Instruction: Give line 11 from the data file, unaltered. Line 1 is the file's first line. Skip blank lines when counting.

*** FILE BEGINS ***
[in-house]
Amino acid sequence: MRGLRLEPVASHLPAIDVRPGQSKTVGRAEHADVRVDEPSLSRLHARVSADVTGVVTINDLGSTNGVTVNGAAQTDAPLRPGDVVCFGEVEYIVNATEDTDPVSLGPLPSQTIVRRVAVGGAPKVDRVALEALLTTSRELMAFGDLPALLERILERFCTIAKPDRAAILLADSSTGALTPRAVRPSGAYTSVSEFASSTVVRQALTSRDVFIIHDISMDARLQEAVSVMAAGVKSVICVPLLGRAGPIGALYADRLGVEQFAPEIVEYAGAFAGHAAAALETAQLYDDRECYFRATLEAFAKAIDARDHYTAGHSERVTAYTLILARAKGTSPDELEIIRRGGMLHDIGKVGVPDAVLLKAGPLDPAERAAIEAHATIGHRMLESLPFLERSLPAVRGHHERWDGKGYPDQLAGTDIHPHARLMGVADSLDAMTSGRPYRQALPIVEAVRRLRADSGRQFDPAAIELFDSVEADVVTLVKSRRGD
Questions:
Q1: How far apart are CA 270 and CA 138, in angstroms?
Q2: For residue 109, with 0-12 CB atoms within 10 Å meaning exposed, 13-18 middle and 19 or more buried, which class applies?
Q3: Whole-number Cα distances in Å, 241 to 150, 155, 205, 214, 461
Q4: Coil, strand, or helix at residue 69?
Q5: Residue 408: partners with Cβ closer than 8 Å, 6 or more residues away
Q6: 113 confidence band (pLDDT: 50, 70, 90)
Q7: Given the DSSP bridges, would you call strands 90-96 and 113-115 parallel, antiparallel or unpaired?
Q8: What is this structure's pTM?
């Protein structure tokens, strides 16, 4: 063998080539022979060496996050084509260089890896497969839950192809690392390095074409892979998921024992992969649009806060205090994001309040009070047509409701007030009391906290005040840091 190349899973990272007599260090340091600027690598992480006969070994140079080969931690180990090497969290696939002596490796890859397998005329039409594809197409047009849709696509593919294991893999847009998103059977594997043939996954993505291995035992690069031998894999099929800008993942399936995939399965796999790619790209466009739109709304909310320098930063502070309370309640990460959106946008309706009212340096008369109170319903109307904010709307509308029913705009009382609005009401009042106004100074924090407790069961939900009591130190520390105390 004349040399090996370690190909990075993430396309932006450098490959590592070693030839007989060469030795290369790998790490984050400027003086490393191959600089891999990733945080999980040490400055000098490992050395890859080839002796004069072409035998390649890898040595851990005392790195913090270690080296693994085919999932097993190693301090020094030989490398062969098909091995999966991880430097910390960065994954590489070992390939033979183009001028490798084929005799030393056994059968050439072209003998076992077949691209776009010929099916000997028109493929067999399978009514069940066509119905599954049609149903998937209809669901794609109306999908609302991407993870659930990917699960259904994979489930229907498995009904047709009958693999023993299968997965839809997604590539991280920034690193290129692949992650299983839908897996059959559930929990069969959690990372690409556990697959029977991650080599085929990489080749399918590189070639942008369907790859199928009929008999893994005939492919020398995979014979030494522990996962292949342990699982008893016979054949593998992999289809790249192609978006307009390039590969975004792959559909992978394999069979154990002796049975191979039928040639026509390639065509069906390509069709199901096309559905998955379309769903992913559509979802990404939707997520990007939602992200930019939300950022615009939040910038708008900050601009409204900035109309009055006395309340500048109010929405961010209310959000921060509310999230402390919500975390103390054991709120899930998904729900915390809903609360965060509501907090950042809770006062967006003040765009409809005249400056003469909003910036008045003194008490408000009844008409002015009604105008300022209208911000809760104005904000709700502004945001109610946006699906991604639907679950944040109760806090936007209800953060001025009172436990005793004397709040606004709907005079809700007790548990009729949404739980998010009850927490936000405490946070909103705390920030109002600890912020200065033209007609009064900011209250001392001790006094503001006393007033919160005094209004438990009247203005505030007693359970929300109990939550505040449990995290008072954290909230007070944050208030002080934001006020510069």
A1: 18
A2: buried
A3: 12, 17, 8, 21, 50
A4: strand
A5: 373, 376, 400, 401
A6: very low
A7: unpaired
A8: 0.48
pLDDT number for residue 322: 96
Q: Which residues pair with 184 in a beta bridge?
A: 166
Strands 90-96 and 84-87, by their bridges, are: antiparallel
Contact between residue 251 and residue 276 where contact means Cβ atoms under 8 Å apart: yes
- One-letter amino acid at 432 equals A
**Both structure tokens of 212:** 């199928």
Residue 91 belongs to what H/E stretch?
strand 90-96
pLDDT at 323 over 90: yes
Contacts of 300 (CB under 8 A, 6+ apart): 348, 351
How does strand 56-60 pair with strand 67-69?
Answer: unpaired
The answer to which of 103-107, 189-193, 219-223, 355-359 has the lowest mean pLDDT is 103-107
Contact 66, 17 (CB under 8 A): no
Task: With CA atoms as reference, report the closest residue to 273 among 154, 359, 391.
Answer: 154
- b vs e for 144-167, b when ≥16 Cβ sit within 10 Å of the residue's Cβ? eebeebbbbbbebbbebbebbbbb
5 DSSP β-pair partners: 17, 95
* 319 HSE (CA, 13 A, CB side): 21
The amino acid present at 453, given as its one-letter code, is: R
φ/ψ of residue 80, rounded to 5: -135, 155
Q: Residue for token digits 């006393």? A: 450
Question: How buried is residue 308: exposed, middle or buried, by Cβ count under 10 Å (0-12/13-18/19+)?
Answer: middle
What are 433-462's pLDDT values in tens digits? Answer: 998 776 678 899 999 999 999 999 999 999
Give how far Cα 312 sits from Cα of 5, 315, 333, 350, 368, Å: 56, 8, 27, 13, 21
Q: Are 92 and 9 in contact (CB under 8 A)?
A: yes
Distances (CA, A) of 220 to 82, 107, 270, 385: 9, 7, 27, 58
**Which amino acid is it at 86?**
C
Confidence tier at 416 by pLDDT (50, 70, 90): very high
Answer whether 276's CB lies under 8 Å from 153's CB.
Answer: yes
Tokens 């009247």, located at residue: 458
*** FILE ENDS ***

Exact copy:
Q8: What is this structure's pTM?